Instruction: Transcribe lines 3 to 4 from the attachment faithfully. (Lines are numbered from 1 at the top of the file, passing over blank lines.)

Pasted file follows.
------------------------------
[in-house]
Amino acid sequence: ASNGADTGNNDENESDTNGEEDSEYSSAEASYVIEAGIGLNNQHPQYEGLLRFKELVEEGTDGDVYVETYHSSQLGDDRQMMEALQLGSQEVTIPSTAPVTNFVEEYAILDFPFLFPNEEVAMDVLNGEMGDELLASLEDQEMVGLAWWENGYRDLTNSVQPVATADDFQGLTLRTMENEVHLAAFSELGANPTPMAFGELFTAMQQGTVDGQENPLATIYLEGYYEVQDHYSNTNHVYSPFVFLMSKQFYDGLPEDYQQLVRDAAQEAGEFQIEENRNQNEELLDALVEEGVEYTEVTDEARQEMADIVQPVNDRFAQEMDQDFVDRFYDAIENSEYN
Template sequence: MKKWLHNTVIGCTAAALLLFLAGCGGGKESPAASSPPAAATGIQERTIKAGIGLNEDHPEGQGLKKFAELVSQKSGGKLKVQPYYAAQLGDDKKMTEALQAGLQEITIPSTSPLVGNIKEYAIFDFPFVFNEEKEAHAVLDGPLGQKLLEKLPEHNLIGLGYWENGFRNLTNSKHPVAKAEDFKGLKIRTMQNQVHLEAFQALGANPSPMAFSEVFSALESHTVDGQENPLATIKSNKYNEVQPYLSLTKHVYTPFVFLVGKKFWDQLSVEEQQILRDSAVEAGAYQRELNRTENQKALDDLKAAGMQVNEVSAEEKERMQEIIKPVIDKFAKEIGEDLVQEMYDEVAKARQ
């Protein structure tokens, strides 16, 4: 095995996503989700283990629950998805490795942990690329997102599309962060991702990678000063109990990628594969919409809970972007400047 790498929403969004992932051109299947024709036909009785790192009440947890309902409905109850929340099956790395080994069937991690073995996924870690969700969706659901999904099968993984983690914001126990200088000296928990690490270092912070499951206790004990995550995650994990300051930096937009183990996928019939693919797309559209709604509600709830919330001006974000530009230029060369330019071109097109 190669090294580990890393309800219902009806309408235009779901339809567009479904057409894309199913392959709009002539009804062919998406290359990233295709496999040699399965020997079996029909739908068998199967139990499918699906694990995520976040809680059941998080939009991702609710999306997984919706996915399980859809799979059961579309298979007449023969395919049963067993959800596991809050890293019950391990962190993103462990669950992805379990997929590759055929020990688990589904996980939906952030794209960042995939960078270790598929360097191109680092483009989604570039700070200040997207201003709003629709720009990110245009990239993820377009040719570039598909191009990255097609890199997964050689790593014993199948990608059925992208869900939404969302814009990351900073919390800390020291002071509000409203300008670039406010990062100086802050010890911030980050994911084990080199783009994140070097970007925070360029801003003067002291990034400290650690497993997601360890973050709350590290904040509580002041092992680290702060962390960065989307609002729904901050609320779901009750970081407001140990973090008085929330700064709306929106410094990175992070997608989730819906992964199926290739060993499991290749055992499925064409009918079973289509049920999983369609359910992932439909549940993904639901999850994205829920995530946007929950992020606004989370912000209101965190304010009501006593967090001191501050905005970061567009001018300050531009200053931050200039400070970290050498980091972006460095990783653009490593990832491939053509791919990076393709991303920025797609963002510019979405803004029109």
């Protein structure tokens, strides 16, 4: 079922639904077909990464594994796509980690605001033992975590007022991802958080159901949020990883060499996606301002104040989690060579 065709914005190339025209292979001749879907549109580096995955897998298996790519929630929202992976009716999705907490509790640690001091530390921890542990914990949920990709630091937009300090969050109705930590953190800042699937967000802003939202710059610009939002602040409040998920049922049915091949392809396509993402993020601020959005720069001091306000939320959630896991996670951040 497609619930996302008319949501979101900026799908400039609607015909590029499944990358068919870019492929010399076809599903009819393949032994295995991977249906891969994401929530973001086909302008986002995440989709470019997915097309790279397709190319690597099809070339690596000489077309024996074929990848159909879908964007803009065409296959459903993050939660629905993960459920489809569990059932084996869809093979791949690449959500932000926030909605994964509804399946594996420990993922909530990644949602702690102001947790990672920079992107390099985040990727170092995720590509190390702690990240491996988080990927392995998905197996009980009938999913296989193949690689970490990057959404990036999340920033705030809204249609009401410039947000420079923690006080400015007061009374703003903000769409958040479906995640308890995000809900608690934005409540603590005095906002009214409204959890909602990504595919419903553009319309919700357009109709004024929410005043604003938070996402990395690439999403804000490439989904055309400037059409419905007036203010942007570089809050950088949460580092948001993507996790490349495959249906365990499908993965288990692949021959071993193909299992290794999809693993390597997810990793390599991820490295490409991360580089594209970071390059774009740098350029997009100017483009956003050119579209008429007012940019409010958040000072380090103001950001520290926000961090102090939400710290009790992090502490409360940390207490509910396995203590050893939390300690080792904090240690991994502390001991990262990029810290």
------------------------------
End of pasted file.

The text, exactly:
Template sequence: MKKWLHNTVIGCTAAALLLFLAGCGGGKESPAASSPPAAATGIQERTIKAGIGLNEDHPEGQGLKKFAELVSQKSGGKLKVQPYYAAQLGDDKKMTEALQAGLQEITIPSTSPLVGNIKEYAIFDFPFVFNEEKEAHAVLDGPLGQKLLEKLPEHNLIGLGYWENGFRNLTNSKHPVAKAEDFKGLKIRTMQNQVHLEAFQALGANPSPMAFSEVFSALESHTVDGQENPLATIKSNKYNEVQPYLSLTKHVYTPFVFLVGKKFWDQLSVEEQQILRDSAVEAGAYQRELNRTENQKALDDLKAAGMQVNEVSAEEKERMQEIIKPVIDKFAKEIGEDLVQEMYDEVAKARQ
């Protein structure tokens, strides 16, 4: 095995996503989700283990629950998805490795942990690329997102599309962060991702990678000063109990990628594969919409809970972007400047 790498929403969004992932051109299947024709036909009785790192009440947890309902409905109850929340099956790395080994069937991690073995996924870690969700969706659901999904099968993984983690914001126990200088000296928990690490270092912070499951206790004990995550995650994990300051930096937009183990996928019939693919797309559209709604509600709830919330001006974000530009230029060369330019071109097109 190669090294580990890393309800219902009806309408235009779901339809567009479904057409894309199913392959709009002539009804062919998406290359990233295709496999040699399965020997079996029909739908068998199967139990499918699906694990995520976040809680059941998080939009991702609710999306997984919706996915399980859809799979059961579309298979007449023969395919049963067993959800596991809050890293019950391990962190993103462990669950992805379990997929590759055929020990688990589904996980939906952030794209960042995939960078270790598929360097191109680092483009989604570039700070200040997207201003709003629709720009990110245009990239993820377009040719570039598909191009990255097609890199997964050689790593014993199948990608059925992208869900939404969302814009990351900073919390800390020291002071509000409203300008670039406010990062100086802050010890911030980050994911084990080199783009994140070097970007925070360029801003003067002291990034400290650690497993997601360890973050709350590290904040509580002041092992680290702060962390960065989307609002729904901050609320779901009750970081407001140990973090008085929330700064709306929106410094990175992070997608989730819906992964199926290739060993499991290749055992499925064409009918079973289509049920999983369609359910992932439909549940993904639901999850994205829920995530946007929950992020606004989370912000209101965190304010009501006593967090001191501050905005970061567009001018300050531009200053931050200039400070970290050498980091972006460095990783653009490593990832491939053509791919990076393709991303920025797609963002510019979405803004029109």